I want to share a brief reflection about the horrific acts of violence that have shocked our nation over the past few weeks. The indescribably tragic events in Orlando, St. Paul, Baton Rouge and Dallas have angered, saddened and otherwise moved each and every one of us at The Kresge Foundation. These events have stirred emotions, for us and in the communities where we work, that cannot always be named or processed. I’ve asked our staff to commit to one another to reflect deeply on the meaning of these events, to search out one another to discuss them, and to identify ways that each of us – individually and collectively as an organization – can advance principles and behaviors of respect, tolerance, acceptance and racial justice in our work.
The fear, racism and divisiveness fueling these attacks directly counter and impede the work we do. Kresge is committed to creating pathways of opportunity in America’s cities. We can’t do so without dismantling the obstacles that lie along those paths. Insidious, systemic racial disparities pervade and poison not just law enforcement and the criminal justice system, but all aspects of life in urban America. Fear disables communities from forming the connective tissue needed to undergird a prosperous, united city in which all people can flourish and realize their potential. Divisiveness halts conversations and undermines all types of progress.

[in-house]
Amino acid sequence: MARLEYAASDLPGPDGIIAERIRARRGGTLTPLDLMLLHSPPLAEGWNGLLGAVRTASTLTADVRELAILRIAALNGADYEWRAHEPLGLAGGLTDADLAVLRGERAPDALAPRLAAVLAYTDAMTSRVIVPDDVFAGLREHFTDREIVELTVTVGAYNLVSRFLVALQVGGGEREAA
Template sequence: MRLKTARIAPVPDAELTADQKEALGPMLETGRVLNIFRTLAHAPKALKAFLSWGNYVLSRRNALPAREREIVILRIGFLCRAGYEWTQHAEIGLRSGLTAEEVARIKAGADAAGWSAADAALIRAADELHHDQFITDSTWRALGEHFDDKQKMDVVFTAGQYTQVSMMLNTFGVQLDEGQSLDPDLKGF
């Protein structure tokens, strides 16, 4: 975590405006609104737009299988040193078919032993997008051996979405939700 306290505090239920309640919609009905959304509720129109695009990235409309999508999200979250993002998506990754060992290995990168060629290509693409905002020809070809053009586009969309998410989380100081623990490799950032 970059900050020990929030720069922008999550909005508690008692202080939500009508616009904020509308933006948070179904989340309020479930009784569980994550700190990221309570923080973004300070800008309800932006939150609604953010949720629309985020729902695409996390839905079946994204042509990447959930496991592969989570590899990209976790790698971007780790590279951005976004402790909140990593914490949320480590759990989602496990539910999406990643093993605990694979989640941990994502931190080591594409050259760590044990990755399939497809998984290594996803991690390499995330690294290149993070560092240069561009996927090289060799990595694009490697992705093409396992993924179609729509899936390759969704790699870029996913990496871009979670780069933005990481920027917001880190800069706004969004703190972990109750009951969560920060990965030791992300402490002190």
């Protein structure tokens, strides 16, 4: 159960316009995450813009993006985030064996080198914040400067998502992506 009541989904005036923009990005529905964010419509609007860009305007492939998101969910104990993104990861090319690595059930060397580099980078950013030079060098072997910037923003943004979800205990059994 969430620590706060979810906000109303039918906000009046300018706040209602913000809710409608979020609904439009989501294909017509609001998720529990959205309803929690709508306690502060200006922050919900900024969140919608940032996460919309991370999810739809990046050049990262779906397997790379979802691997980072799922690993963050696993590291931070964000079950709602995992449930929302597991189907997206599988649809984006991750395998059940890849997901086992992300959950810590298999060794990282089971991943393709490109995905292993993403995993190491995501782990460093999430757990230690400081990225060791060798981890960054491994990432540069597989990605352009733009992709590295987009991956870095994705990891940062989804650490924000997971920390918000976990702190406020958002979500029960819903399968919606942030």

Our foundation's aspiration and commitment is to root out such obstacles and create a new way forward. Our work is predicated on a very different construct of possibility, one in which traditional values of the common good and mutual support form the backbone of a future in which social, economic and political equality lies within the reach of every American. This future will be rooted in something greater than ourselves – an uncompromisingly inclusive society in which diversity strengthens instead of divides. One in which cultural differences are celebrated instead of ridiculed. One where bridging differences banishes the notion of anyone as “other.”
We are deeply saddened by these recent events. We’re frustrated. But our hope persists. It lies in the work of our hundreds of partners across the country that share the same desire to see a more inclusive, opportunity-rich world emerge. We join those partners, now with more urgency than ever, in imagining what we must do to contribute to the kind of future we all so ardently want and in committing to continue taking the action necessary to see that vision become the reality in our nation’s cities.
President and CEO
The Kresge Foundation